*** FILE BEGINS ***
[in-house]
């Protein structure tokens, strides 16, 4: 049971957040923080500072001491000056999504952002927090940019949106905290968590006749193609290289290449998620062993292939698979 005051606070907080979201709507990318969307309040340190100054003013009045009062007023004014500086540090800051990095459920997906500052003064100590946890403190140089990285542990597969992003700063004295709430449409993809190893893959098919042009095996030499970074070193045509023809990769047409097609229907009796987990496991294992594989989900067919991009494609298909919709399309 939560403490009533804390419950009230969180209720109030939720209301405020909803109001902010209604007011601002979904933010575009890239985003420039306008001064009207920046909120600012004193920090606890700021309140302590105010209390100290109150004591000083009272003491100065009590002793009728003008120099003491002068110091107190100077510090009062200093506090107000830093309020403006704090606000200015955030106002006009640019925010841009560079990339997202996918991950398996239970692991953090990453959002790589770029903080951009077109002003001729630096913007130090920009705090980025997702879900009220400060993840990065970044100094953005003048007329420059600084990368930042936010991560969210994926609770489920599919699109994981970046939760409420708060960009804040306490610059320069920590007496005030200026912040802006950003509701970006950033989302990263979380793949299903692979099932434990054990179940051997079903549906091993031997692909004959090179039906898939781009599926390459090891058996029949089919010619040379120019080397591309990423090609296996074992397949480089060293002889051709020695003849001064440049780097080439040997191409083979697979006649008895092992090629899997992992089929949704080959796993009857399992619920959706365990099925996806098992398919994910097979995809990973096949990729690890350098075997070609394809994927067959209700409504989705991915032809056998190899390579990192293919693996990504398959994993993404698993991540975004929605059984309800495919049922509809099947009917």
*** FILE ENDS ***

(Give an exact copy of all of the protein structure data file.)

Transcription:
[in-house]
């Protein structure tokens, strides 16, 4: 049971957040923080500072001491000056999504952002927090940019949106905290968590006749193609290289290449998620062993292939698979 005051606070907080979201709507990318969307309040340190100054003013009045009062007023004014500086540090800051990095459920997906500052003064100590946890403190140089990285542990597969992003700063004295709430449409993809190893893959098919042009095996030499970074070193045509023809990769047409097609229907009796987990496991294992594989989900067919991009494609298909919709399309 939560403490009533804390419950009230969180209720109030939720209301405020909803109001902010209604007011601002979904933010575009890239985003420039306008001064009207920046909120600012004193920090606890700021309140302590105010209390100290109150004591000083009272003491100065009590002793009728003008120099003491002068110091107190100077510090009062200093506090107000830093309020403006704090606000200015955030106002006009640019925010841009560079990339997202996918991950398996239970692991953090990453959002790589770029903080951009077109002003001729630096913007130090920009705090980025997702879900009220400060993840990065970044100094953005003048007329420059600084990368930042936010991560969210994926609770489920599919699109994981970046939760409420708060960009804040306490610059320069920590007496005030200026912040802006950003509701970006950033989302990263979380793949299903692979099932434990054990179940051997079903549906091993031997692909004959090179039906898939781009599926390459090891058996029949089919010619040379120019080397591309990423090609296996074992397949480089060293002889051709020695003849001064440049780097080439040997191409083979697979006649008895092992090629899997992992089929949704080959796993009857399992619920959706365990099925996806098992398919994910097979995809990973096949990729690890350098075997070609394809994927067959209700409504989705991915032809056998190899390579990192293919693996990504398959994993993404698993991540975004929605059984309800495919049922509809099947009917």